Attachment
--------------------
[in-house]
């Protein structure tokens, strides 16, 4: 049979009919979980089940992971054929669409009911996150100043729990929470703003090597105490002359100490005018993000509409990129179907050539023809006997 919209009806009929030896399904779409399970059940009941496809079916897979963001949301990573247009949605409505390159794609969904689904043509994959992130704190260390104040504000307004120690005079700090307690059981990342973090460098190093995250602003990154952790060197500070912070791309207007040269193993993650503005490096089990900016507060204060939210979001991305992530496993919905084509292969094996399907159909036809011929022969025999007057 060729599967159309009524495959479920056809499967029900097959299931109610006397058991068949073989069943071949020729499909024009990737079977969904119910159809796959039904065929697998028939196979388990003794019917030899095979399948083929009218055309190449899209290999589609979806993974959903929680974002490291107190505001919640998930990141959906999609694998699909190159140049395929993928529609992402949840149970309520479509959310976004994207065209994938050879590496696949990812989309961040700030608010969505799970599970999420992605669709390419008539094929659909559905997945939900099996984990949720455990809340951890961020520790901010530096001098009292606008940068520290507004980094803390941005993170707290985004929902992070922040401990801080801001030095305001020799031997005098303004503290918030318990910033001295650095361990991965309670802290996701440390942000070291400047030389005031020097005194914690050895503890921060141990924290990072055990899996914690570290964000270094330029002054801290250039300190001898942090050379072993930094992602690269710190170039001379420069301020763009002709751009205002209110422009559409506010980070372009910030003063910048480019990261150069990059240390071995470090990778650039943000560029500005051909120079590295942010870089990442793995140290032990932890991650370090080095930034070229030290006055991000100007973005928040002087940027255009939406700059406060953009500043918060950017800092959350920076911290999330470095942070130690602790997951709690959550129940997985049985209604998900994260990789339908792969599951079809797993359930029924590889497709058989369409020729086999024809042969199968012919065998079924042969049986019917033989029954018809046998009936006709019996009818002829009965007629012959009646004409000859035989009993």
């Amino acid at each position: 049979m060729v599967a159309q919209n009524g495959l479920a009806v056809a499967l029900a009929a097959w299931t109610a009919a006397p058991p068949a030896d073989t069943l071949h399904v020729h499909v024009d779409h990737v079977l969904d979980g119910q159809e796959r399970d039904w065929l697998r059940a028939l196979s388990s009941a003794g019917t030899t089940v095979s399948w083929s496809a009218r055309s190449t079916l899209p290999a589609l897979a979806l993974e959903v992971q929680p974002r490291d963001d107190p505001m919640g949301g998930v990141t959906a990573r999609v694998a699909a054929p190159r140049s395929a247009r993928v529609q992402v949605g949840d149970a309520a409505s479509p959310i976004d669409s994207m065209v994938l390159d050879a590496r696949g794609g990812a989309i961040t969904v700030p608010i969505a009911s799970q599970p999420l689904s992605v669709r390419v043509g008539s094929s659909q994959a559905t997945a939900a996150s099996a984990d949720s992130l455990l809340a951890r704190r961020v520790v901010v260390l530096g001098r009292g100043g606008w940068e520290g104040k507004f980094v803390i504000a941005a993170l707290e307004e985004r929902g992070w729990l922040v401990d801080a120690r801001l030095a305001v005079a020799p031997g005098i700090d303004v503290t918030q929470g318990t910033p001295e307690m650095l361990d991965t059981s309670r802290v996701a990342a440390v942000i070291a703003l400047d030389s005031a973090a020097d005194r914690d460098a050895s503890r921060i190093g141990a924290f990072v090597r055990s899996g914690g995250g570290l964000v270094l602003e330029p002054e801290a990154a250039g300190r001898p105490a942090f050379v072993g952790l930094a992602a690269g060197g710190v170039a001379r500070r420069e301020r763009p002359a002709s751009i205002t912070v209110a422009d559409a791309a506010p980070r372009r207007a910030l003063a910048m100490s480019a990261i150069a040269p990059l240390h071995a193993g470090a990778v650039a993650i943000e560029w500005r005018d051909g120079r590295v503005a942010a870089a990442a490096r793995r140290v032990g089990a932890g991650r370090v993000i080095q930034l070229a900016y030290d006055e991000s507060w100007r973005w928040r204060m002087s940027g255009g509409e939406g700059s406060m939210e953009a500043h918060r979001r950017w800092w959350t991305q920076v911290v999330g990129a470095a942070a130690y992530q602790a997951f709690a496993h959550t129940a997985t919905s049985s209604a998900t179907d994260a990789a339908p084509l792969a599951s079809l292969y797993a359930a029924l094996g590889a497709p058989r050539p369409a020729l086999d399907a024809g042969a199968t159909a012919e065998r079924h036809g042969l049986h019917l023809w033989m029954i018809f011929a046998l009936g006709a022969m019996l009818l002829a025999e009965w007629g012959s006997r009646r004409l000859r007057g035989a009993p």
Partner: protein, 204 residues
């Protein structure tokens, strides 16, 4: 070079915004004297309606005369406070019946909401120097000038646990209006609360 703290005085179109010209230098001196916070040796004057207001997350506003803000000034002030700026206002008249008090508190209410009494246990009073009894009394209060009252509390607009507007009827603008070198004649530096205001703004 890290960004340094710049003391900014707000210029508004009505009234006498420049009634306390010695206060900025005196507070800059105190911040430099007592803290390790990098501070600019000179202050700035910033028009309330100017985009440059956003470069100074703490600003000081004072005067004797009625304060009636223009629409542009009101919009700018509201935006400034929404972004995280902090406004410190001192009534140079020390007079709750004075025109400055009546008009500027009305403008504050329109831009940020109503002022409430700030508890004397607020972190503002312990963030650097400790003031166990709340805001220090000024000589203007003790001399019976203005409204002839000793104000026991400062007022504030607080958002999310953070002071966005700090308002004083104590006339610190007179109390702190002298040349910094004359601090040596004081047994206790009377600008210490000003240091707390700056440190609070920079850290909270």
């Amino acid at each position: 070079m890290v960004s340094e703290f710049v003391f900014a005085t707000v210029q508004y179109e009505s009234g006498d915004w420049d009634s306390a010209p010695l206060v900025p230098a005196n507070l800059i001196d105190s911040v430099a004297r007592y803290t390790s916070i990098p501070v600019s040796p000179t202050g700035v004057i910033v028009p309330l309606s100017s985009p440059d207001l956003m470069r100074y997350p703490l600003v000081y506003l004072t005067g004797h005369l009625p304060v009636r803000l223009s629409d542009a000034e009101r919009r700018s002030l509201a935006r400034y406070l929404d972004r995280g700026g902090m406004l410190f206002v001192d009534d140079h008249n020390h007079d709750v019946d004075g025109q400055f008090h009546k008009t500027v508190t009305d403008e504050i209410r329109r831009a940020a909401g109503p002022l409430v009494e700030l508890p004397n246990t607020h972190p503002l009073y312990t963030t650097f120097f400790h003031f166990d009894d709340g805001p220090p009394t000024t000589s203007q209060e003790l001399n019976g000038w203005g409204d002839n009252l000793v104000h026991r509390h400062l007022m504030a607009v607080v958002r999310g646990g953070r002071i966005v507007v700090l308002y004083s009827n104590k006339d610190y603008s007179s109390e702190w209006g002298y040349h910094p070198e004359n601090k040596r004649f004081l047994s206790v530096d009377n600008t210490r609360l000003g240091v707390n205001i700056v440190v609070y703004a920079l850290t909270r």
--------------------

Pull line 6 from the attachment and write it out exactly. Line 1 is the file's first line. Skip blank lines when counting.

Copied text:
């Amino acid at each position: 070079m890290v960004s340094e703290f710049v003391f900014a005085t707000v210029q508004y179109e009505s009234g006498d915004w420049d009634s306390a010209p010695l206060v900025p230098a005196n507070l800059i001196d105190s911040v430099a004297r007592y803290t390790s916070i990098p501070v600019s040796p000179t202050g700035v004057i910033v028009p309330l309606s100017s985009p440059d207001l956003m470069r100074y997350p703490l600003v000081y506003l004072t005067g004797h005369l009625p304060v009636r803000l223009s629409d542009a000034e009101r919009r700018s002030l509201a935006r400034y406070l929404d972004r995280g700026g902090m406004l410190f206002v001192d009534d140079h008249n020390h007079d709750v019946d004075g025109q400055f008090h009546k008009t500027v508190t009305d403008e504050i209410r329109r831009a940020a909401g109503p002022l409430v009494e700030l508890p004397n246990t607020h972190p503002l009073y312990t963030t650097f120097f400790h003031f166990d009894d709340g805001p220090p009394t000024t000589s203007q209060e003790l001399n019976g000038w203005g409204d002839n009252l000793v104000h026991r509390h400062l007022m504030a607009v607080v958002r999310g646990g953070r002071i966005v507007v700090l308002y004083s009827n104590k006339d610190y603008s007179s109390e702190w209006g002298y040349h910094p070198e004359n601090k040596r004649f004081l047994s206790v530096d009377n600008t210490r609360l000003g240091v707390n205001i700056v440190v609070y703004a920079l850290t909270r």